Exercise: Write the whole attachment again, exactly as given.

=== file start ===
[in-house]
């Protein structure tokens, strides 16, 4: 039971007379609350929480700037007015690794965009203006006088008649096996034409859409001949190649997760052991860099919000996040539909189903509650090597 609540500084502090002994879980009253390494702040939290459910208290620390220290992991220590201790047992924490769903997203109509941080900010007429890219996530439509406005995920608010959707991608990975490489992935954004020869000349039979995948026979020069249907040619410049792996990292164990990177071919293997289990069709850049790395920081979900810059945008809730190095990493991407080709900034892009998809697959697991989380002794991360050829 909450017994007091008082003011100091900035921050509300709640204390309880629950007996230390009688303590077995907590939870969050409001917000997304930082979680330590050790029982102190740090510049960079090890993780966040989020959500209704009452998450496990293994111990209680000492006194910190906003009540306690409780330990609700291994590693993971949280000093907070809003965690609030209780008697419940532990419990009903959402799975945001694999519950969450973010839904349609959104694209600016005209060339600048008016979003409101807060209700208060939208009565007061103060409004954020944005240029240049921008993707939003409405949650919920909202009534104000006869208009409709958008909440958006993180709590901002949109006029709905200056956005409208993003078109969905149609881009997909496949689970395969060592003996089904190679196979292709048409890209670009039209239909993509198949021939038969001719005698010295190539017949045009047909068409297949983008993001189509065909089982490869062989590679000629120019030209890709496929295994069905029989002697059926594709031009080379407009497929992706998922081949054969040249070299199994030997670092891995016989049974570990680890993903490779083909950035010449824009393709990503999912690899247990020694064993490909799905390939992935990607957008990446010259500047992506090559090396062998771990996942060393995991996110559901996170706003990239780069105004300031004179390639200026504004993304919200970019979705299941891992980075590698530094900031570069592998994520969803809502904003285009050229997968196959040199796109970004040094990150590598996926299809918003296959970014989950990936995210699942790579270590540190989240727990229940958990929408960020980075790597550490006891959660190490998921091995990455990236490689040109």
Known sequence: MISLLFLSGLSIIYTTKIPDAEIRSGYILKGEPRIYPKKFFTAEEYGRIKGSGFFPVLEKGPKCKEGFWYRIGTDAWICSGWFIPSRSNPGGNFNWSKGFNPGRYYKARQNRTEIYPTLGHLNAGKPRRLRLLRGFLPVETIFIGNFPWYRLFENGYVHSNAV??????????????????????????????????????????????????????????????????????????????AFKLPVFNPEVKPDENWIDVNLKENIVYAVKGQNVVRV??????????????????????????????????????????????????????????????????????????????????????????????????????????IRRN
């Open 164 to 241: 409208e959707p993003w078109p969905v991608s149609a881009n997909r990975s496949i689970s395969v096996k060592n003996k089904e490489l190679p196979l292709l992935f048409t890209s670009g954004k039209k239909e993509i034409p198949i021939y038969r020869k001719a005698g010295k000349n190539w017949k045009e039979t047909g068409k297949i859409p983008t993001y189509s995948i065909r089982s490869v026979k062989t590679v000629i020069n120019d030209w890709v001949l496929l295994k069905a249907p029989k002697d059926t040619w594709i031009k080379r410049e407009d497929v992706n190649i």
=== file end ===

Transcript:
[in-house]
């Protein structure tokens, strides 16, 4: 039971007379609350929480700037007015690794965009203006006088008649096996034409859409001949190649997760052991860099919000996040539909189903509650090597 609540500084502090002994879980009253390494702040939290459910208290620390220290992991220590201790047992924490769903997203109509941080900010007429890219996530439509406005995920608010959707991608990975490489992935954004020869000349039979995948026979020069249907040619410049792996990292164990990177071919293997289990069709850049790395920081979900810059945008809730190095990493991407080709900034892009998809697959697991989380002794991360050829 909450017994007091008082003011100091900035921050509300709640204390309880629950007996230390009688303590077995907590939870969050409001917000997304930082979680330590050790029982102190740090510049960079090890993780966040989020959500209704009452998450496990293994111990209680000492006194910190906003009540306690409780330990609700291994590693993971949280000093907070809003965690609030209780008697419940532990419990009903959402799975945001694999519950969450973010839904349609959104694209600016005209060339600048008016979003409101807060209700208060939208009565007061103060409004954020944005240029240049921008993707939003409405949650919920909202009534104000006869208009409709958008909440958006993180709590901002949109006029709905200056956005409208993003078109969905149609881009997909496949689970395969060592003996089904190679196979292709048409890209670009039209239909993509198949021939038969001719005698010295190539017949045009047909068409297949983008993001189509065909089982490869062989590679000629120019030209890709496929295994069905029989002697059926594709031009080379407009497929992706998922081949054969040249070299199994030997670092891995016989049974570990680890993903490779083909950035010449824009393709990503999912690899247990020694064993490909799905390939992935990607957008990446010259500047992506090559090396062998771990996942060393995991996110559901996170706003990239780069105004300031004179390639200026504004993304919200970019979705299941891992980075590698530094900031570069592998994520969803809502904003285009050229997968196959040199796109970004040094990150590598996926299809918003296959970014989950990936995210699942790579270590540190989240727990229940958990929408960020980075790597550490006891959660190490998921091995990455990236490689040109």
Known sequence: MISLLFLSGLSIIYTTKIPDAEIRSGYILKGEPRIYPKKFFTAEEYGRIKGSGFFPVLEKGPKCKEGFWYRIGTDAWICSGWFIPSRSNPGGNFNWSKGFNPGRYYKARQNRTEIYPTLGHLNAGKPRRLRLLRGFLPVETIFIGNFPWYRLFENGYVHSNAV??????????????????????????????????????????????????????????????????????????????AFKLPVFNPEVKPDENWIDVNLKENIVYAVKGQNVVRV??????????????????????????????????????????????????????????????????????????????????????????????????????????IRRN
């Open 164 to 241: 409208e959707p993003w078109p969905v991608s149609a881009n997909r990975s496949i689970s395969v096996k060592n003996k089904e490489l190679p196979l292709l992935f048409t890209s670009g954004k039209k239909e993509i034409p198949i021939y038969r020869k001719a005698g010295k000349n190539w017949k045009e039979t047909g068409k297949i859409p983008t993001y189509s995948i065909r089982s490869v026979k062989t590679v000629i020069n120019d030209w890709v001949l496929l295994k069905a249907p029989k002697d059926t040619w594709i031009k080379r410049e407009d497929v992706n190649i």